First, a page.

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Rescuing the Broad Beans

5/1/2021

It seems to take me ages to get out into the ‘garden proper’ today. After cleaning out Pecky, I patrol the terrace checking for unearthed bulbs. I find some and push them back into the soil.

I had intended to continue to plant out the polytunnel side border, but I changed my mind when I looked at the broad beans in root trainers on the bench. They were the second batch to be sown and are looking floppy because they need to be planted out. I decide to risk the impending low temperatures and get on with the job. The first lot of broad beans were planted out a while ago and have grown well. Unfortunately, they have grown considerably beyond their first supporting strings and some have been whipped by the wind and their stalks are bent. I spend some considerable time adding further support strings to each plant, probably about 40 of them. I then plant and stake all of the new plants, at least another 40.



Whilst doing this I’m listening to radio 4 and I hear someone eulogising about the benefits of wood as a carbon positive building material because it ties up carbon and can be grown as a crop on a constantly replenishing system. Patrick will be pleased to hear this as he makes everything in wood. We are also great fans of old wooden furniture which fills our house (probably too much!).

Today was the day that I first used my wonderful new gardening bag, a canvas creation encircled by outside pockets. I put all of my favourite tools into the pockets, including the precious Niwaki snips and shears that I unpacked reverently out of their stylish, understated packaging. I haven’t used these tools yet but even handling them is a pleasure. I place a new ball of string in the bag and some new ‘Briar’ gardening gloves, also Christmas presents. This makes me feel like a professional and hopefully it will bring an end to me accidentally tossing my trowel into the compost heap with a bucket of weeds, and then have to search for ages before retrieving it! The bag is a game changer, especially for the string and scissors, as I needed to do so much fiddly tying on the broad beans. It really lifted my spirits on this cold, grey day as we all face another long strict lock down.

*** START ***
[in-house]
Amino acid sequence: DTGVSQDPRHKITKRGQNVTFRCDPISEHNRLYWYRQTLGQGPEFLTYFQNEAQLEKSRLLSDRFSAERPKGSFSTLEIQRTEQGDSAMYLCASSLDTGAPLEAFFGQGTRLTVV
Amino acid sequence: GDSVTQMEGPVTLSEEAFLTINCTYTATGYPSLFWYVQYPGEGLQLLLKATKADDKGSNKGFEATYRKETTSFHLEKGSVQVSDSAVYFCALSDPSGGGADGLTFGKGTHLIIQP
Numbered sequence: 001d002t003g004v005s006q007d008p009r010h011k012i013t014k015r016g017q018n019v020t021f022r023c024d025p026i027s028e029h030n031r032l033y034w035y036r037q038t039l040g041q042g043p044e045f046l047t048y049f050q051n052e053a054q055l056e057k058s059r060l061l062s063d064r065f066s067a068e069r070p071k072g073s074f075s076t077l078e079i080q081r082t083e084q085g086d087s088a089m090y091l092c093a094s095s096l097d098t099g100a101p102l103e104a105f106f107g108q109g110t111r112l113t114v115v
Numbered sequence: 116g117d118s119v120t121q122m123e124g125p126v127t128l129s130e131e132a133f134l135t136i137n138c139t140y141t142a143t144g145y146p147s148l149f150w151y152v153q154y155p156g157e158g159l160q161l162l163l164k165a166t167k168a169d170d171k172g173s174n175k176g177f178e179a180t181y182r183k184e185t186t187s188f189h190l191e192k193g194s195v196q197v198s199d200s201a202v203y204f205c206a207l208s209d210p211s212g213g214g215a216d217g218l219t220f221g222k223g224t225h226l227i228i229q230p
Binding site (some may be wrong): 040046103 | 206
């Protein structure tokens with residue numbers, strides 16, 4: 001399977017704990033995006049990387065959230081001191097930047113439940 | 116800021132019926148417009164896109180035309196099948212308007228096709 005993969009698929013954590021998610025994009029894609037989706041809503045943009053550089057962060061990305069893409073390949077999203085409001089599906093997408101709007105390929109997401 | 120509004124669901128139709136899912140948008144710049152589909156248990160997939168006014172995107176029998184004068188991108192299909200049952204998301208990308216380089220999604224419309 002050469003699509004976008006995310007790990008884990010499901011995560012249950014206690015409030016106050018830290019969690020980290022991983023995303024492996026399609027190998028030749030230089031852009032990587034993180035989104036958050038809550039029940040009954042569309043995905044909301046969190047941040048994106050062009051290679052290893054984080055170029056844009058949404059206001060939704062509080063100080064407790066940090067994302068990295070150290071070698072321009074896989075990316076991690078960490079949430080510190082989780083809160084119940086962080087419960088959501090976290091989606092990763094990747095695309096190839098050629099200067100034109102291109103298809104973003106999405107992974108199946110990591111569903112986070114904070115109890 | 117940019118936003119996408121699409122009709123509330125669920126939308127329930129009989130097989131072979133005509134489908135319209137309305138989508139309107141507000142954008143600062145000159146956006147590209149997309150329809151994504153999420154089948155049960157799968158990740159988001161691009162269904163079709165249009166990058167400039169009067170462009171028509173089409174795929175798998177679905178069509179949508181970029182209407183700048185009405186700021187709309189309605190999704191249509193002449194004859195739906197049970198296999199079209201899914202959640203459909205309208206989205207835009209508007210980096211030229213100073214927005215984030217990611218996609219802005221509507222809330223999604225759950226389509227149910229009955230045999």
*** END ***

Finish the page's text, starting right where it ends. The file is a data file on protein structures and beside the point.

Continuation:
Twelfth Night


6/1/21

Today will be spent taking down all the numerous Christmas decorations, inside and out, that we spent so long putting up! The lights have been wonderful and have boosted morale through this dark month, but I now feel ready for the decorations to come down in order for the new year to begin.

The weather was bright and sunny, ideal for the work in hand. It was cold, but I could feel some warmth in the sun and there were times when I was hurrying about in just a T-shirt! Luckily, we had lots of people available to help, Patrick finished work quite quickly and only Meave had to work all day. Even considering the extra man/woman power, I am always surprised at how quickly the decorations come down in comparison to how long they take to put up.

I am normally very sentimental about Christmas decorations and I have been known to get quite emotional when putting away my Christmas village and the decorations on the main tree. However, this year I feel very keen to get on with plans for the new year and I am, surprisingly, under the circumstances, optimistic for the future. I walked around the Kitchen Garden checking the newly planted broad beans which had withstood their first night outside successfully and everywhere I could see bulbs coming up…it is hard not to be encouraged by such obvious signs of new life.


We still have a good supply of produce in the garden. Last night, I cooked boeuf-bourguignon which used a large amount of our shallots…although they are fiddly to prepare, even when put in boiling water to help remove the skins.

The boeuf was accompanied by red cabbage and apple, mashed swede and mashed potato- all from the garden, thanks to the surprise potatoes discovered under the polytunnel bench.

This morning I had grilled tomatoes on toast, I think our tomato supply will last to the end of the month. Growing outside we still have cabbage (green and red), kale, swede, Brussel sprouts, leeks, parsnips, chard, lettuce and lots of herbs. In store, we have butternut squash, pumpkins, onions, garlic, chillies and shallots soon we will have sprouting broccoli and the winter greens and salads in the tunnel. Soon it will be time to sow next year’s crops.



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